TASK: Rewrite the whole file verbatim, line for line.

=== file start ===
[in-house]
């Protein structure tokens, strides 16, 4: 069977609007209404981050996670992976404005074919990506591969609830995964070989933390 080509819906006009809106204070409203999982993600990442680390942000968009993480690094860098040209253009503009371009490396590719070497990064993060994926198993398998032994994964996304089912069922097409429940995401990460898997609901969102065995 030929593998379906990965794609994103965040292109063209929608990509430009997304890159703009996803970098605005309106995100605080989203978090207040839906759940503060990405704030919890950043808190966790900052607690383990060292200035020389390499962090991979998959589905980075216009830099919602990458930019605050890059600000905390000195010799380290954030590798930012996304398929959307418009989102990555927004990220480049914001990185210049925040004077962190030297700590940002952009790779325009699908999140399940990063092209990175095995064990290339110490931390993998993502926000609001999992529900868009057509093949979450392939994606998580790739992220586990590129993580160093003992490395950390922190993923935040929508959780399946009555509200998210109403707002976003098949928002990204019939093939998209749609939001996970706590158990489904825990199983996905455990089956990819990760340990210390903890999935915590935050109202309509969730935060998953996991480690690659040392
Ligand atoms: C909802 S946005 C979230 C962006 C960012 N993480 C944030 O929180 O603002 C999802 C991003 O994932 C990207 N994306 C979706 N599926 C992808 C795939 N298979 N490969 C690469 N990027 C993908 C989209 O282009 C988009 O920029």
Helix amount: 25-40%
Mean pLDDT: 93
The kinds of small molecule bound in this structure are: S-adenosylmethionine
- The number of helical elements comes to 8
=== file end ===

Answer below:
[in-house]
């Protein structure tokens, strides 16, 4: 069977609007209404981050996670992976404005074919990506591969609830995964070989933390 080509819906006009809106204070409203999982993600990442680390942000968009993480690094860098040209253009503009371009490396590719070497990064993060994926198993398998032994994964996304089912069922097409429940995401990460898997609901969102065995 030929593998379906990965794609994103965040292109063209929608990509430009997304890159703009996803970098605005309106995100605080989203978090207040839906759940503060990405704030919890950043808190966790900052607690383990060292200035020389390499962090991979998959589905980075216009830099919602990458930019605050890059600000905390000195010799380290954030590798930012996304398929959307418009989102990555927004990220480049914001990185210049925040004077962190030297700590940002952009790779325009699908999140399940990063092209990175095995064990290339110490931390993998993502926000609001999992529900868009057509093949979450392939994606998580790739992220586990590129993580160093003992490395950390922190993923935040929508959780399946009555509200998210109403707002976003098949928002990204019939093939998209749609939001996970706590158990489904825990199983996905455990089956990819990760340990210390903890999935915590935050109202309509969730935060998953996991480690690659040392
Ligand atoms: C909802 S946005 C979230 C962006 C960012 N993480 C944030 O929180 O603002 C999802 C991003 O994932 C990207 N994306 C979706 N599926 C992808 C795939 N298979 N490969 C690469 N990027 C993908 C989209 O282009 C988009 O920029």
Helix amount: 25-40%
Mean pLDDT: 93
The kinds of small molecule bound in this structure are: S-adenosylmethionine
- The number of helical elements comes to 8